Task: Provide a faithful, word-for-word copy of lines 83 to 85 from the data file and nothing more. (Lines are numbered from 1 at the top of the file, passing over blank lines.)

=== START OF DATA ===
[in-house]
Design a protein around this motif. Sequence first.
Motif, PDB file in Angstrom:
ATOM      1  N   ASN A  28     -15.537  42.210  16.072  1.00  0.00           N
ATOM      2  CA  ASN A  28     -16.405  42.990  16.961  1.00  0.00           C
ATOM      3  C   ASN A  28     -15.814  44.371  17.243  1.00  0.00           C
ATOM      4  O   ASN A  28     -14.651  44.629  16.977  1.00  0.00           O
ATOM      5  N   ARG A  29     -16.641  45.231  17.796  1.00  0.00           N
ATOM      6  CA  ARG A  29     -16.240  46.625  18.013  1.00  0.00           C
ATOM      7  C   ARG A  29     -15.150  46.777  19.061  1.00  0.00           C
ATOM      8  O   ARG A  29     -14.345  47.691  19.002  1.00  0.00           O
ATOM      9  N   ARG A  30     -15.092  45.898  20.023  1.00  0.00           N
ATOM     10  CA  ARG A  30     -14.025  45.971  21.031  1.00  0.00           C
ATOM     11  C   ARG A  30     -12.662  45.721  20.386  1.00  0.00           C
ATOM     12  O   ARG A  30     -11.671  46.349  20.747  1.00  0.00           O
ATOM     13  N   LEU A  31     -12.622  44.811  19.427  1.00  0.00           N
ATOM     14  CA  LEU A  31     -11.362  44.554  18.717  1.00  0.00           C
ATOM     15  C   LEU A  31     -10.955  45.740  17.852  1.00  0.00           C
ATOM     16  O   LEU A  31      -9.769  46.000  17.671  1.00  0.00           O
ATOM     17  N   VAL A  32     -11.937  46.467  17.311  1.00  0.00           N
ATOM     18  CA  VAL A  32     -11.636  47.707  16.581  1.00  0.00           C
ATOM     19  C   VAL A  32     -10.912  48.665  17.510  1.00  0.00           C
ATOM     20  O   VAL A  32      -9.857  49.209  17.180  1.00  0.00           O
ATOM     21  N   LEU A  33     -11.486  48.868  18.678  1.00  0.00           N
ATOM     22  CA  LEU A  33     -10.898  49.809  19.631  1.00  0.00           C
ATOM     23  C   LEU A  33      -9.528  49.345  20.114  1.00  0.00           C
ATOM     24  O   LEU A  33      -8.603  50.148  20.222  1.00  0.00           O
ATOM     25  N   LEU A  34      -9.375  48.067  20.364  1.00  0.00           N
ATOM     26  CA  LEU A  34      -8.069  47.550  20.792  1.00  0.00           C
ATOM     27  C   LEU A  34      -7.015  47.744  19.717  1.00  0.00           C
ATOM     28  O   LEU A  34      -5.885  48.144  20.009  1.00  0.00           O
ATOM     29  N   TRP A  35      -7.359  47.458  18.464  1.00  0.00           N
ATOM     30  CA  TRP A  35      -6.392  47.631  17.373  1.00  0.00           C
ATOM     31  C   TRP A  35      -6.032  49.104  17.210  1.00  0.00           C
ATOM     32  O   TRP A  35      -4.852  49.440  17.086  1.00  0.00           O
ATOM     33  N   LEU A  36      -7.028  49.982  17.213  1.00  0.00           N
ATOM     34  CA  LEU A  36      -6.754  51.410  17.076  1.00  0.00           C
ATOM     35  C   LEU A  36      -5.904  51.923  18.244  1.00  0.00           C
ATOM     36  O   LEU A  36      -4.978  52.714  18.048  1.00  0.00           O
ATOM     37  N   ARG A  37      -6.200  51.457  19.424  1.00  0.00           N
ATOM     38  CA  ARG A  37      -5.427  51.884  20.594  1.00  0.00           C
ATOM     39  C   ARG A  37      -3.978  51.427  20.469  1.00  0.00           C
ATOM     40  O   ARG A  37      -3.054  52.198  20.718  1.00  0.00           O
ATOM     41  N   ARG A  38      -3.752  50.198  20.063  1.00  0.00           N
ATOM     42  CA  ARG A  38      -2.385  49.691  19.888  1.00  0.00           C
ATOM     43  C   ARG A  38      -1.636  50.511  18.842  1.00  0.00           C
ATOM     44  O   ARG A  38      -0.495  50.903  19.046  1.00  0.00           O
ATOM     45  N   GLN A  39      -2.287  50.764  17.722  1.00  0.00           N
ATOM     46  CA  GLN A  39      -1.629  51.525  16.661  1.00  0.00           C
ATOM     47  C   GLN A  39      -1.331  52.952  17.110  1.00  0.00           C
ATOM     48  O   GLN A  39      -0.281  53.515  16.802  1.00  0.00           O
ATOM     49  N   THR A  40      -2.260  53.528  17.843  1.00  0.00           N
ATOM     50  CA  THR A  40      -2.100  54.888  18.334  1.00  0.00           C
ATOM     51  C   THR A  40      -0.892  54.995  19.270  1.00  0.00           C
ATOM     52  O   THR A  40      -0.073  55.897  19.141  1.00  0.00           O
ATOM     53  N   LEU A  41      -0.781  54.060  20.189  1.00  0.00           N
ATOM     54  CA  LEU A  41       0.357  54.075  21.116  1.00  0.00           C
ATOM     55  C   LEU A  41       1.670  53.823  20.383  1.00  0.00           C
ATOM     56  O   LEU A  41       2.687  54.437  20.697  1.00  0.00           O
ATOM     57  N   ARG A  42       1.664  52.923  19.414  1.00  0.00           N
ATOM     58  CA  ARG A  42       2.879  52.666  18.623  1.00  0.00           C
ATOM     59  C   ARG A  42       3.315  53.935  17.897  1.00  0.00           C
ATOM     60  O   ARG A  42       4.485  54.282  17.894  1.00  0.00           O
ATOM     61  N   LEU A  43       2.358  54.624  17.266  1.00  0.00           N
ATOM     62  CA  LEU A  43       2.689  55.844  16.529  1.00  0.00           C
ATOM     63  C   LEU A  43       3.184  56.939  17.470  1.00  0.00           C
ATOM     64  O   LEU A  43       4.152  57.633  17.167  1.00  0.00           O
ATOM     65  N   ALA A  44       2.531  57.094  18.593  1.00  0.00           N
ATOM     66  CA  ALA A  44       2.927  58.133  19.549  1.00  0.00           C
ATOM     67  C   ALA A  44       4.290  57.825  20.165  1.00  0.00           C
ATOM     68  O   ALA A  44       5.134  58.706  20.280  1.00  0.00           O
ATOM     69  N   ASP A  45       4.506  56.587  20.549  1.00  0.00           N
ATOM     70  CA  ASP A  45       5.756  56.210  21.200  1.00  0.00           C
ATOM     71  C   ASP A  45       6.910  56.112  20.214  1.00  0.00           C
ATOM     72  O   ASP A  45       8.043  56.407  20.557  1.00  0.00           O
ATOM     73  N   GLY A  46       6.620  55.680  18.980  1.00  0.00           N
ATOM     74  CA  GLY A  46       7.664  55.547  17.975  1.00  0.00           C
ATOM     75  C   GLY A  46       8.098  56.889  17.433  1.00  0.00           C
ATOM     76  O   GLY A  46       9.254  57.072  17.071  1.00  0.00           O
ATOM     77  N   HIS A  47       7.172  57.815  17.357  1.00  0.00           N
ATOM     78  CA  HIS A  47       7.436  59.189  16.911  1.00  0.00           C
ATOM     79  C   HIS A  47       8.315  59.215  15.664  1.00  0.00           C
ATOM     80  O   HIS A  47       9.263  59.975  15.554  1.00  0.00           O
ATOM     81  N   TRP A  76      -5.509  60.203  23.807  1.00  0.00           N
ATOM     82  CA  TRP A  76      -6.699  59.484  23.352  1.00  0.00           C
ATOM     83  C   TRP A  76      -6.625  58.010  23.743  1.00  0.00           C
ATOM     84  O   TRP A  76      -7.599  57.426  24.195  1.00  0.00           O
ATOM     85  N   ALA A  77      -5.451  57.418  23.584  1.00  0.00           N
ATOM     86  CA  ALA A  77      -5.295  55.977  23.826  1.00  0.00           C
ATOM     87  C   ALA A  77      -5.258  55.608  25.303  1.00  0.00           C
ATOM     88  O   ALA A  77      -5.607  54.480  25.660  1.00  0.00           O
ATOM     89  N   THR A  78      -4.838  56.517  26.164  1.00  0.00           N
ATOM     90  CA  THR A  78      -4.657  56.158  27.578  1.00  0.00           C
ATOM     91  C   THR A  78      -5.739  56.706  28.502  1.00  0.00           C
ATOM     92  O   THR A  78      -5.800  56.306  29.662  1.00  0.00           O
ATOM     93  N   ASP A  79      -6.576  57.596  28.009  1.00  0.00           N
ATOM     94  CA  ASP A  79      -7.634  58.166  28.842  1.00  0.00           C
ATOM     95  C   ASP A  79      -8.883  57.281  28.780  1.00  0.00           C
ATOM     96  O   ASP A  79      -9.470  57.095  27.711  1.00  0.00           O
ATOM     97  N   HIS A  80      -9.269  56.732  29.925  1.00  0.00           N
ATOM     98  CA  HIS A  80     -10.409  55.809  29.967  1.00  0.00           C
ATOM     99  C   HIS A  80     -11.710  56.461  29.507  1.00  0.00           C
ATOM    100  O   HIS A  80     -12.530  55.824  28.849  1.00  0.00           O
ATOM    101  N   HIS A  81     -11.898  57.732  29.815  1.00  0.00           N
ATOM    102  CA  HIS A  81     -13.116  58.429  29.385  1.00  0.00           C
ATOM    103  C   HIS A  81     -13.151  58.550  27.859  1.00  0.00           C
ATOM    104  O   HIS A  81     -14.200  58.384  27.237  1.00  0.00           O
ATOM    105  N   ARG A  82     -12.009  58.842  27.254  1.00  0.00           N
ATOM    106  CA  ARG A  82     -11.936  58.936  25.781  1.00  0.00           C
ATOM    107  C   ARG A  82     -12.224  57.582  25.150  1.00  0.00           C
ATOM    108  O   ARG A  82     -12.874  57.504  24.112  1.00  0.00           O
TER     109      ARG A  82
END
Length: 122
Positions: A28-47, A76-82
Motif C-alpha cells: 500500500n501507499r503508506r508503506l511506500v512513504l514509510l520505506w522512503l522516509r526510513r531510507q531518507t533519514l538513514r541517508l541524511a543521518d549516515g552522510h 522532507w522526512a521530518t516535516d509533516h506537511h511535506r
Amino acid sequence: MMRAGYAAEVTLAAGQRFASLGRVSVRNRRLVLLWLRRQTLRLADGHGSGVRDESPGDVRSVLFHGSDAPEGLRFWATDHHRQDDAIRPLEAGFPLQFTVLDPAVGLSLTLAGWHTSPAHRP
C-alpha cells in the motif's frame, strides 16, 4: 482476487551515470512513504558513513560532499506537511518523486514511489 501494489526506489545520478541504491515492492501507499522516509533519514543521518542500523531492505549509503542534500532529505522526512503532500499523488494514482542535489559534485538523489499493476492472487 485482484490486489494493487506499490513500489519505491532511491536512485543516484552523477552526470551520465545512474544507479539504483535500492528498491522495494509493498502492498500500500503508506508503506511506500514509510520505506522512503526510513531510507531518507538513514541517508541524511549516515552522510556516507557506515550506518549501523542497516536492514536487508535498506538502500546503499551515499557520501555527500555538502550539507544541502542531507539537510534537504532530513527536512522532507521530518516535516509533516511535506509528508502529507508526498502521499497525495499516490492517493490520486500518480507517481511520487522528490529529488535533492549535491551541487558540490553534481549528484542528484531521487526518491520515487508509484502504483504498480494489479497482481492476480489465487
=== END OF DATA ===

ATOM     80  O   HIS A  47       9.263  59.975  15.554  1.00  0.00           O
ATOM     81  N   TRP A  76      -5.509  60.203  23.807  1.00  0.00           N
ATOM     82  CA  TRP A  76      -6.699  59.484  23.352  1.00  0.00           C